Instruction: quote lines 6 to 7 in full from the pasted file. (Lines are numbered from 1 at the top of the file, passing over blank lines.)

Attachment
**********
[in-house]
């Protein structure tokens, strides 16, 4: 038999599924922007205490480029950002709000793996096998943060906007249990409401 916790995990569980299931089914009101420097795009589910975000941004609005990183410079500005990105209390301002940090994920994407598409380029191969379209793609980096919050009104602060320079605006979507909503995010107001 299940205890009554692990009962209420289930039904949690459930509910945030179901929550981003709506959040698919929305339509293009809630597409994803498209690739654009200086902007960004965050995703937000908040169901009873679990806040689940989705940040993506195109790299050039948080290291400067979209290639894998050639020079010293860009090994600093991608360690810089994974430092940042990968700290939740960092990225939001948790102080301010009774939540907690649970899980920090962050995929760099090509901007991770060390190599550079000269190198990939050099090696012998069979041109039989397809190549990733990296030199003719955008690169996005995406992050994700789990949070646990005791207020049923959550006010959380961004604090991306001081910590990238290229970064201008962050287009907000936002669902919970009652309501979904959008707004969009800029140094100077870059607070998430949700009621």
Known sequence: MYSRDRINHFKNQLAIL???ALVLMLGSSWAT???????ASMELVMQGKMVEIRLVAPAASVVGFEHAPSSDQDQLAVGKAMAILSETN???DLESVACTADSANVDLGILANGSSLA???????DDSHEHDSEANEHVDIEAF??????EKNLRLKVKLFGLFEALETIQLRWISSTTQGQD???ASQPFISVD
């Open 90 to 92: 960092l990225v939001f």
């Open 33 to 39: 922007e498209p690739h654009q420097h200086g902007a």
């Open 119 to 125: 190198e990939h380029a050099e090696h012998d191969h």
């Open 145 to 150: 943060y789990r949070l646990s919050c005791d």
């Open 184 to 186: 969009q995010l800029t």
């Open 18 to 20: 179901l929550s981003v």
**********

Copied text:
């Open 119 to 125: 190198e990939h380029a050099e090696h012998d191969h």
């Open 145 to 150: 943060y789990r949070l646990s919050c005791d």